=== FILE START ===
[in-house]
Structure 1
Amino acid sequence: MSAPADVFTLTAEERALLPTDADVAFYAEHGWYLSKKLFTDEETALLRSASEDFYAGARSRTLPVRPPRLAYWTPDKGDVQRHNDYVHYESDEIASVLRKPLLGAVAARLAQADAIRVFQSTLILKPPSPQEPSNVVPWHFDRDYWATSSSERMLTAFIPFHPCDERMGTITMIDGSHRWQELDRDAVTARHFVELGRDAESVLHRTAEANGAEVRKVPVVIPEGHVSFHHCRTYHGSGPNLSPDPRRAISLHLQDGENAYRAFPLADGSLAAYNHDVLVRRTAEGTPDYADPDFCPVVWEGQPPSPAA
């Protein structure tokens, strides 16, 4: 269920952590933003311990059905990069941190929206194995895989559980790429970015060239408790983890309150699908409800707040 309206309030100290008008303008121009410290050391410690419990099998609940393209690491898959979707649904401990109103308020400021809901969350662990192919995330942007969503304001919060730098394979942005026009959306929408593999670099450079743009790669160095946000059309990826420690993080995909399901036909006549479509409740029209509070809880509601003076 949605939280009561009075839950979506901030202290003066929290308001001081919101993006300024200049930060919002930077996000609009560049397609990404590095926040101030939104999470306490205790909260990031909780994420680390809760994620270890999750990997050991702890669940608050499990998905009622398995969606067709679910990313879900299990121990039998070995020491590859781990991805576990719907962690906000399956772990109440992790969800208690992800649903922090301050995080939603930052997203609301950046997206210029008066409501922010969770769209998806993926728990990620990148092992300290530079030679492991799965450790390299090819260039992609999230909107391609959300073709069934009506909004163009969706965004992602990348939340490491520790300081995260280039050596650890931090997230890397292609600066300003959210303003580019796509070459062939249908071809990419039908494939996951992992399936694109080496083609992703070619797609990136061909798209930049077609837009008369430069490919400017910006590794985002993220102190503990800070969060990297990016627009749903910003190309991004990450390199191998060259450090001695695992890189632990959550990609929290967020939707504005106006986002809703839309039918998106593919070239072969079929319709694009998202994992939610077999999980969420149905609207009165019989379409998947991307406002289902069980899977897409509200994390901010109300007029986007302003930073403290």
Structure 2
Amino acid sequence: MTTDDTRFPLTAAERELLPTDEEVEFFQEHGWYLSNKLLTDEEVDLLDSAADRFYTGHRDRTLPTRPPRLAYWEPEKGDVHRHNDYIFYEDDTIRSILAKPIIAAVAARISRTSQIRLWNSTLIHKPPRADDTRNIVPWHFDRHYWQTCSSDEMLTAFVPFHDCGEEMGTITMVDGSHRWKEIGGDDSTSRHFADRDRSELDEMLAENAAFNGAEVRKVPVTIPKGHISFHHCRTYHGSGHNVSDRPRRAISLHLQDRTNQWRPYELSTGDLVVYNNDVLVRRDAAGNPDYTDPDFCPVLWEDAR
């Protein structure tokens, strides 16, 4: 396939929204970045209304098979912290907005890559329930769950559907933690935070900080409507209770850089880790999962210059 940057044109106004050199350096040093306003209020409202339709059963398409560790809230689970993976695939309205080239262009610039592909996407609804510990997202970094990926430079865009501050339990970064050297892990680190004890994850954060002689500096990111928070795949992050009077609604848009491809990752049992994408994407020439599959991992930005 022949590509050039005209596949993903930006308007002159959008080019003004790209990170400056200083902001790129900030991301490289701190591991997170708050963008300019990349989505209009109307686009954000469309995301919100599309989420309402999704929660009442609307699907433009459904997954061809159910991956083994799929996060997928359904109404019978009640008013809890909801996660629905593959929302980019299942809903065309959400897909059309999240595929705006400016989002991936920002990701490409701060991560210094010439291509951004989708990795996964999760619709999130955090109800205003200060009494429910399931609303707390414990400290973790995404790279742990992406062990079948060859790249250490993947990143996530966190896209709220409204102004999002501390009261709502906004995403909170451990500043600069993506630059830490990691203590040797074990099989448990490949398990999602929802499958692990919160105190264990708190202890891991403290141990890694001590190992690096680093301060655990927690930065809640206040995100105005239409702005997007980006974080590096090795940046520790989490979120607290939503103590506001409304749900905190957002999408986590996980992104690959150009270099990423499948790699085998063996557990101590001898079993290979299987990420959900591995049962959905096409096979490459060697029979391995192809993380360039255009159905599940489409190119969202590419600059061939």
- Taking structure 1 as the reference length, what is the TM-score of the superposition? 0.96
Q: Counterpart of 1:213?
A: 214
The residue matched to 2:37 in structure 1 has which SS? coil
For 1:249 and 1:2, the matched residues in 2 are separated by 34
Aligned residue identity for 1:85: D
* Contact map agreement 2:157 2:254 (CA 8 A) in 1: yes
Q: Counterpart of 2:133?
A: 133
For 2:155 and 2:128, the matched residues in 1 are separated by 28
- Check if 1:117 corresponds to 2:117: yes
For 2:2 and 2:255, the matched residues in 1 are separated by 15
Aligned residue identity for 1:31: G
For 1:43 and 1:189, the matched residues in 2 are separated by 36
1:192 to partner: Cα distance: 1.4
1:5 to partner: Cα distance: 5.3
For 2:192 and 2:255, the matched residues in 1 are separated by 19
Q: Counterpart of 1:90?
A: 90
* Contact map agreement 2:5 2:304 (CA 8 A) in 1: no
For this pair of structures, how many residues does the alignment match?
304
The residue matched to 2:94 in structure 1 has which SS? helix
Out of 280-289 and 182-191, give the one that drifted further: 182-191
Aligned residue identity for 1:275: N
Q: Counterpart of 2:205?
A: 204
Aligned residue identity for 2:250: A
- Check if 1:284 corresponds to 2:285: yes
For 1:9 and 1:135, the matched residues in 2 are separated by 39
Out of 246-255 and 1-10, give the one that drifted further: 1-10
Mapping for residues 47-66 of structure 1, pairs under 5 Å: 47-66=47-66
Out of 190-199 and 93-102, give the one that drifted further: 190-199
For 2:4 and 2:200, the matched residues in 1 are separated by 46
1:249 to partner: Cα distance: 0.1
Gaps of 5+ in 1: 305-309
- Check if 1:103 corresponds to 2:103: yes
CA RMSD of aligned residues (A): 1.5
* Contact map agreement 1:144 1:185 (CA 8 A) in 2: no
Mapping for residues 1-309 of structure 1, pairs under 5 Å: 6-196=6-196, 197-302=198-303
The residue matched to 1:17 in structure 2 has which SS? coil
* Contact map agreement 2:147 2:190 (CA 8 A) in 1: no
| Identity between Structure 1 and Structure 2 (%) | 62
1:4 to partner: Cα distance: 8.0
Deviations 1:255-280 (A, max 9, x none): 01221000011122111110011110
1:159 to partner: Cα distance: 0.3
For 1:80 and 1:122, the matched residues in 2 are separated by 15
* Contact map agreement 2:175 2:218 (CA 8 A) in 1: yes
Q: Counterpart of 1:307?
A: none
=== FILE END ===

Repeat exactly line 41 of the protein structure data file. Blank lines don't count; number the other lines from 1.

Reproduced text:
For 2:4 and 2:200, the matched residues in 1 are separated by 46